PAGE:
Woman with hands to her ears in pain wondering when the ringing in her ears will stop.

When you first hear that ringing in your ears you could have a very typical response: pretend that it’s no big deal. You set about your normal habits: you do your shopping, you make dinner, you try to have a conversation with your friends. All the while, you’re trying to force that ringing in your ear to the back of your mind. Because there is one thing you feel sure about: your tinnitus will fade away naturally.

You start to get concerned, though, when after a few days the ringing and buzzing is unrelenting.

This situation happens to others as well. Tinnitus can be a tricky little condition, sometimes it will disappear on its own and in some cases, it will stay for a long time to come.

When Tinnitus is Likely to Vanish by Itself

Tinnitus is extremely common around the world, almost everybody’s had a bout every now and then. Tinnitus is a temporary condition, in most cases, and will eventually subside on its own. The most prevalent scenario is the rock concert: you go see Bruce Springsteen at your local arena (it’s a good show) and when you go home, you discover that your ears are ringing.

The kind of tinnitus that is associated with temporary injury from loud noise will usually subside within a few days (and you chalk it up to the price of seeing your favorite band play live).

Naturally, it’s exactly this type of noise injury that, over time, can cause loss of hearing to move from temporary (or acute, as they say) to chronic. One concert too many and you may be waiting quite a while for your tinnitus to go away on its own.

Often Times, Tinnitus Doesn’t Just go Away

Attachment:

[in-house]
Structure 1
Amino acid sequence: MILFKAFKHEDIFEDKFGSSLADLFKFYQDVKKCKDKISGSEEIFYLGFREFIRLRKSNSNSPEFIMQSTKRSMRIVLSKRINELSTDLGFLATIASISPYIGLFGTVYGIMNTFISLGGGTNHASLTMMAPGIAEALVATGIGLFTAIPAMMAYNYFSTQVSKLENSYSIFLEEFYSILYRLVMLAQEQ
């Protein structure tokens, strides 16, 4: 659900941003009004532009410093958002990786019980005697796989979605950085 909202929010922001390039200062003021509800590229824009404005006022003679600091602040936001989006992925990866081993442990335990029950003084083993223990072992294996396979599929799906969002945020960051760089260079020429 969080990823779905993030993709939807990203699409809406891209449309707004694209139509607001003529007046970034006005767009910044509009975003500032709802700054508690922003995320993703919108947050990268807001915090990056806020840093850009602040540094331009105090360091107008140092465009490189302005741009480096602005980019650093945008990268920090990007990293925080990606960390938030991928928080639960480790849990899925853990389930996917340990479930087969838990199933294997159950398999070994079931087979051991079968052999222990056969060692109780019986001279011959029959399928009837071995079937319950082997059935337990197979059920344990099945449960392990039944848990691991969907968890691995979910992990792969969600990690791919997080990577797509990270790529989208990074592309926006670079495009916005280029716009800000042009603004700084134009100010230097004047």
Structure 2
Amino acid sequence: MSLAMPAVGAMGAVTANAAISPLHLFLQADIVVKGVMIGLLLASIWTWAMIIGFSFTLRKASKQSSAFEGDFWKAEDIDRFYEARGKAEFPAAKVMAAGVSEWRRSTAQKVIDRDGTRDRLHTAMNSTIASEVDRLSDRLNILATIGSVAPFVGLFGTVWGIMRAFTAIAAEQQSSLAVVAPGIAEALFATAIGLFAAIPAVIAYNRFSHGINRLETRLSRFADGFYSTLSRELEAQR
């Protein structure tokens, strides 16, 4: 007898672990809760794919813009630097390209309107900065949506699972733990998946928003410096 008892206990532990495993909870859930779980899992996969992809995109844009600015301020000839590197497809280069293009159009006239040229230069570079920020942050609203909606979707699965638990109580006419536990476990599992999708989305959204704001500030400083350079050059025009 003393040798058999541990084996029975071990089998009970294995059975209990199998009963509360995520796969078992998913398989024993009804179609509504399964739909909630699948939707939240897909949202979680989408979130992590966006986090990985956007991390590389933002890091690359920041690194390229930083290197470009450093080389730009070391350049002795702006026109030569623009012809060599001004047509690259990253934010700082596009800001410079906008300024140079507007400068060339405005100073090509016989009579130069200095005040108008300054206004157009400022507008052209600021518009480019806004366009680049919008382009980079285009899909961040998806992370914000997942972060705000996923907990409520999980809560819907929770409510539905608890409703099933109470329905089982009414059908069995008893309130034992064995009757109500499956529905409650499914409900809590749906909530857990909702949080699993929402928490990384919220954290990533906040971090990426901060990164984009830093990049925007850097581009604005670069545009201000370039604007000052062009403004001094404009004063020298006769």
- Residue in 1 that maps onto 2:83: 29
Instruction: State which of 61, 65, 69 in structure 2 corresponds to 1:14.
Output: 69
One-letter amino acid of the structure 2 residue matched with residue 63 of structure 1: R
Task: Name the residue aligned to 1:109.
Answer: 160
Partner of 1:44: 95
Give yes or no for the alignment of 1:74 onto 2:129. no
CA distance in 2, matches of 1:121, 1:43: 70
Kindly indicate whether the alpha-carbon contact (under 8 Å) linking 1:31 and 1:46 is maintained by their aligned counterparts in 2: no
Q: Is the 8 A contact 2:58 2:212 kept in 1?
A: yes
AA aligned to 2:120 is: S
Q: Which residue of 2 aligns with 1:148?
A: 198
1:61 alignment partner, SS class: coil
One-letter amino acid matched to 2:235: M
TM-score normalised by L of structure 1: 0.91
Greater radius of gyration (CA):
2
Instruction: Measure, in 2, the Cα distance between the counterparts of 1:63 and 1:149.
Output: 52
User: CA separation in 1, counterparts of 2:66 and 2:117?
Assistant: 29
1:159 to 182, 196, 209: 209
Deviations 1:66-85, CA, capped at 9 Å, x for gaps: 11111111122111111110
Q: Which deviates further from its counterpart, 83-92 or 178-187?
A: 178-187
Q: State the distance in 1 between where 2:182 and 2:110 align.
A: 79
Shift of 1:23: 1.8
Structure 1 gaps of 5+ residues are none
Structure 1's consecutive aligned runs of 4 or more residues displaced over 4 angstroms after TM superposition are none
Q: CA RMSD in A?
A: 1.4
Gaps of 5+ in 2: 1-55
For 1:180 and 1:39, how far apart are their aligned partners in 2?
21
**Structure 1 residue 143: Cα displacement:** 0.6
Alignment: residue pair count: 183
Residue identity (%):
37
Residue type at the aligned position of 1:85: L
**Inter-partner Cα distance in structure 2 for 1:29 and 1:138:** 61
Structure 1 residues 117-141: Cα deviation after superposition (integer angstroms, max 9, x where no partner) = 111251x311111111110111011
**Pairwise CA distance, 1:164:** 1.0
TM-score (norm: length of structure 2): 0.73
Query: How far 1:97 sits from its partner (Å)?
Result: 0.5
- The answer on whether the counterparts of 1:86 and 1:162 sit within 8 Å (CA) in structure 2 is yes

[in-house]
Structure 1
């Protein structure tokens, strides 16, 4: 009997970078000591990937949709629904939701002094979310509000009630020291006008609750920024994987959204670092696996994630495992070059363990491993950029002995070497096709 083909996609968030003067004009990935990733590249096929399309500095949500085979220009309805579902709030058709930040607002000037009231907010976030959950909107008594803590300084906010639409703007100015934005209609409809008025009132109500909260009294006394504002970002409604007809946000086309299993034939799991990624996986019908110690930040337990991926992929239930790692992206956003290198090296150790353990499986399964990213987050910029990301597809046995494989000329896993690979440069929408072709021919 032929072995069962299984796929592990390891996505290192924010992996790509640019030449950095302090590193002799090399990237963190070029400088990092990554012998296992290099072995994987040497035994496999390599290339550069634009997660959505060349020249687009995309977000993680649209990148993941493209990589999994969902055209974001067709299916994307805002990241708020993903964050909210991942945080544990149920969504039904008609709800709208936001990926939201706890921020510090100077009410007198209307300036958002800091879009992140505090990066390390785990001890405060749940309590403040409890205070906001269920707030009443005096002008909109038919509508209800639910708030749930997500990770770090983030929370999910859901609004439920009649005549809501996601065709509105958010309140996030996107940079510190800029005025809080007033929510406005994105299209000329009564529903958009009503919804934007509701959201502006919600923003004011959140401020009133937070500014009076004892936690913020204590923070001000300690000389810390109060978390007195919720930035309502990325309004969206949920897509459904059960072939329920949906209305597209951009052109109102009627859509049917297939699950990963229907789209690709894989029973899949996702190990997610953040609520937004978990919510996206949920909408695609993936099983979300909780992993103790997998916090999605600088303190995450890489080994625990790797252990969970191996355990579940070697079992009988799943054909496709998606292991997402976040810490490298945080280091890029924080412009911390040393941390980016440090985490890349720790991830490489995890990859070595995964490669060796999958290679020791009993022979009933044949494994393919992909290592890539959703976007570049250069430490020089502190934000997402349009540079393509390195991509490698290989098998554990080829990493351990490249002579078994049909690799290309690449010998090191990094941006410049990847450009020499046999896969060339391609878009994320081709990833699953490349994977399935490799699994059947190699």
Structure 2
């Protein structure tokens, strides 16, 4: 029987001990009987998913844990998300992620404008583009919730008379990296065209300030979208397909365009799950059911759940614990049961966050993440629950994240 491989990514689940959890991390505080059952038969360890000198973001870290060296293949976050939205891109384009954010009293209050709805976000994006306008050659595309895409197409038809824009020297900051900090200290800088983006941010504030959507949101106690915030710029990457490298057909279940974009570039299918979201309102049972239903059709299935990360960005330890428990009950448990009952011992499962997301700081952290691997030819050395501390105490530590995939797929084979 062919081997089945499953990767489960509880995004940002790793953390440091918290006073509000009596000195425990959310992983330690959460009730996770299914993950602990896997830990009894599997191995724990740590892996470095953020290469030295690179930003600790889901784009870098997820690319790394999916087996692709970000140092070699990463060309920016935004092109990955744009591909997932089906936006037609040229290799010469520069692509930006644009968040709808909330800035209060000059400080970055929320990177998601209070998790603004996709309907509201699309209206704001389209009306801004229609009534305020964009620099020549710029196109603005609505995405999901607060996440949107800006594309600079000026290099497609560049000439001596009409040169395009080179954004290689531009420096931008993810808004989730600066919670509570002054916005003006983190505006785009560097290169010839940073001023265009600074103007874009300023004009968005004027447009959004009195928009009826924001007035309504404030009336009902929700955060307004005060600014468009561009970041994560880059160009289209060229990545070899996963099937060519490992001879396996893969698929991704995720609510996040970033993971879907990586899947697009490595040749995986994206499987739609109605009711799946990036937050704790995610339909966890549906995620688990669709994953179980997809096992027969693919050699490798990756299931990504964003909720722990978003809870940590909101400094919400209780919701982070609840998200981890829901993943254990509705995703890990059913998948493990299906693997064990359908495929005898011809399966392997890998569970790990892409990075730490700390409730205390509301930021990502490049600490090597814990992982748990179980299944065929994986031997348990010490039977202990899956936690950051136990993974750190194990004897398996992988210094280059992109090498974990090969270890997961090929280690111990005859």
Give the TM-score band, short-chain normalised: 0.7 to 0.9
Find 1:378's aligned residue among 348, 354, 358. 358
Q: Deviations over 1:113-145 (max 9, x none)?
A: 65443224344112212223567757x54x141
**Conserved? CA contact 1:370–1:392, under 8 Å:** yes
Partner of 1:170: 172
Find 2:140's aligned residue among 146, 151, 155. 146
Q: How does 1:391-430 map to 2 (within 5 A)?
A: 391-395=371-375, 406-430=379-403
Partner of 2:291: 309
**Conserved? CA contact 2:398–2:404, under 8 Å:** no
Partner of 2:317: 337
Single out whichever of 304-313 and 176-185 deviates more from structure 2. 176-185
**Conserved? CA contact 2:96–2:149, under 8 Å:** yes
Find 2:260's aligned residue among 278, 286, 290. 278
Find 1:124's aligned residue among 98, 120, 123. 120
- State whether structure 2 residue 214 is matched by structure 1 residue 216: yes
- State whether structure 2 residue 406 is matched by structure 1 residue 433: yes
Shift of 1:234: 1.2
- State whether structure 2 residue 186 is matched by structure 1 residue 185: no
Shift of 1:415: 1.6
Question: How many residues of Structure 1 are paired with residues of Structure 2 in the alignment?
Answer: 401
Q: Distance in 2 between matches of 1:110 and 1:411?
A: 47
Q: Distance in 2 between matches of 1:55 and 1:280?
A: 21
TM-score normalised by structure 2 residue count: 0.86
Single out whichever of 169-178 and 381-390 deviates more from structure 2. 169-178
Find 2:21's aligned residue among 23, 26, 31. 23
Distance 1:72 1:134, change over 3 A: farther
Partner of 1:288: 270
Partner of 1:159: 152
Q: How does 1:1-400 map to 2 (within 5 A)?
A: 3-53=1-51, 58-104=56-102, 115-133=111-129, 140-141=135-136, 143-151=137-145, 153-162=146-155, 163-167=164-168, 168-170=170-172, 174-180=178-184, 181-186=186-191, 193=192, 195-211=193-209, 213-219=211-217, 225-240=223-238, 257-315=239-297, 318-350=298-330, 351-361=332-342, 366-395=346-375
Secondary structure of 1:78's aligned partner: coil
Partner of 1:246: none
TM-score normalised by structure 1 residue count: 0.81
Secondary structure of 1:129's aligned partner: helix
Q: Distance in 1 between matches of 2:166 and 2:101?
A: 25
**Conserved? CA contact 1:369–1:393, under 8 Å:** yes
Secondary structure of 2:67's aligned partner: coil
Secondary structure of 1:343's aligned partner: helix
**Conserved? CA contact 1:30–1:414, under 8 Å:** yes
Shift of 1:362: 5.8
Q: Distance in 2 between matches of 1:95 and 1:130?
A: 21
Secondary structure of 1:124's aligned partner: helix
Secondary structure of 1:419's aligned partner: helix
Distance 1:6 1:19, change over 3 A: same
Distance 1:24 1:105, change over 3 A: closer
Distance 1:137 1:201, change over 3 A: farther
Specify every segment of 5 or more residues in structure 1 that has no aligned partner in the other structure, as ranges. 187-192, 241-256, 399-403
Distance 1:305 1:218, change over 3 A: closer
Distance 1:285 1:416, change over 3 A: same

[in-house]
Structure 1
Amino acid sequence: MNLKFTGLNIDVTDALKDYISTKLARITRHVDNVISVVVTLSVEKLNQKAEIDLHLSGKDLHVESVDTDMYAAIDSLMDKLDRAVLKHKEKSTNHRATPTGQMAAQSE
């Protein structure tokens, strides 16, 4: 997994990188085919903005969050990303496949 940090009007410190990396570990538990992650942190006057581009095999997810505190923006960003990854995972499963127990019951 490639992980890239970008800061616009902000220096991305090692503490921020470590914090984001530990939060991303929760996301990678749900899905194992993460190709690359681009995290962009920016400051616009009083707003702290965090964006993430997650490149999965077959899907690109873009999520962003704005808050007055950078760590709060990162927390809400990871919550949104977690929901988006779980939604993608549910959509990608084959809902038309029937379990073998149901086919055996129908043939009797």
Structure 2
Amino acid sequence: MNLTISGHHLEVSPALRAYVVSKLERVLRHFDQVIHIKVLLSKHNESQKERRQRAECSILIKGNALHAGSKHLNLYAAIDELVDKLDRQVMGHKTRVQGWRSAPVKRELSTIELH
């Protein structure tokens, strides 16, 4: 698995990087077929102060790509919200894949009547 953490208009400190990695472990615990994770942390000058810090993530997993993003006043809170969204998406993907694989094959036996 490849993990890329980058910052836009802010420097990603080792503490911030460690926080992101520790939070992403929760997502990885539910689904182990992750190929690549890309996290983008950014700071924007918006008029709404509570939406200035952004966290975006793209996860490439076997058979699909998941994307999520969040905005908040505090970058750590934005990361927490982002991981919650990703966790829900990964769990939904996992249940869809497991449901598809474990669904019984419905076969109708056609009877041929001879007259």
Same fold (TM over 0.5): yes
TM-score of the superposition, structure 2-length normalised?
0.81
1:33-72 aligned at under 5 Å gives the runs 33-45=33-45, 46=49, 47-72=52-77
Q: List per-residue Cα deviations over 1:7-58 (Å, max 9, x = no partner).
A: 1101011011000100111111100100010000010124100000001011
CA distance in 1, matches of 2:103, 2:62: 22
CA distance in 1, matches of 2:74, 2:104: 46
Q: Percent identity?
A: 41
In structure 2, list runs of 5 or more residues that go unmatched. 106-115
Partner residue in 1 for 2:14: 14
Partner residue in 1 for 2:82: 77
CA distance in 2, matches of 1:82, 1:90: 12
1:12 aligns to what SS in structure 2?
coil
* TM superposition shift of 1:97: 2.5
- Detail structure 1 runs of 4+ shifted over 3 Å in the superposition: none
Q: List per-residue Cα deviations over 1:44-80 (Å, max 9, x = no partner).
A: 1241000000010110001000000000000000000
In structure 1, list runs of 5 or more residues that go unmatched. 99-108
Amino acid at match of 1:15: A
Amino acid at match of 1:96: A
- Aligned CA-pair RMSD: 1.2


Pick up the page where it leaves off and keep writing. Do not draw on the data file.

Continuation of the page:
If your tinnitus continues for over three months it’s then labeled as chronic tinnitus (but you should get it checked by a specialist long before that).

Around 5-15% of people globally have reported indications of chronic tinnitus. While there are some known close associations (such as hearing loss, as an example), the causes of tinnitus aren’t yet well comprehended.

Often, a fast cure for tinnitus will be evasive if the causes aren’t evident. If your ears have been buzzing for more than three months and there’s no recognizable cause, there’s a strong chance that the sound will not recede on its own. In those circumstances, there are treatment options available (such as cognitive behavioral therapy or noise-canceling devices) that can help you control symptoms and protect your quality of life.

The Reason For Your Tinnitus is Important

When you can identify the root cause of your tinnitus, dealing with the condition quickly becomes much simpler. For example, if your tinnitus is created by a stubborn, bacterial ear infection, treatment with an antibiotic will tend to solve both problems, bringing about a healthy ear and clear hearing.

Here are some likely causes of acute tinnitus:

  • Damage to the eardrum (such as a perforated eardrum)
  • A blockage in the ear or ear canal
  • Chronic ear infections
  • Hearing loss (again, this is often associated with chronic tinnitus)
  • Meniere’s disease (this usually has no cure and is often associated with chronic tinnitus)

So…Will The Ringing in My Ears Stop?

The bottom line is that in almost all cases, yes, your tinnitus will go away on its own. But it becomes significantly more likely that you’re facing chronic tinnitus the longer these noises linger.

You think that if you just disregard it should go away on its own. But there may come a point where your tinnitus begins to become uncomfortable, where it’s hard to concentrate because the sound is too distracting. In those circumstances, crossing your fingers may not be the extensive treatment plan you require.

The majority of the time tinnitus is simply the body’s answer to loud noise that could be damaging over time and will recede on its own. Whether that’s acute or chronic tinnitus, well, only time will tell.

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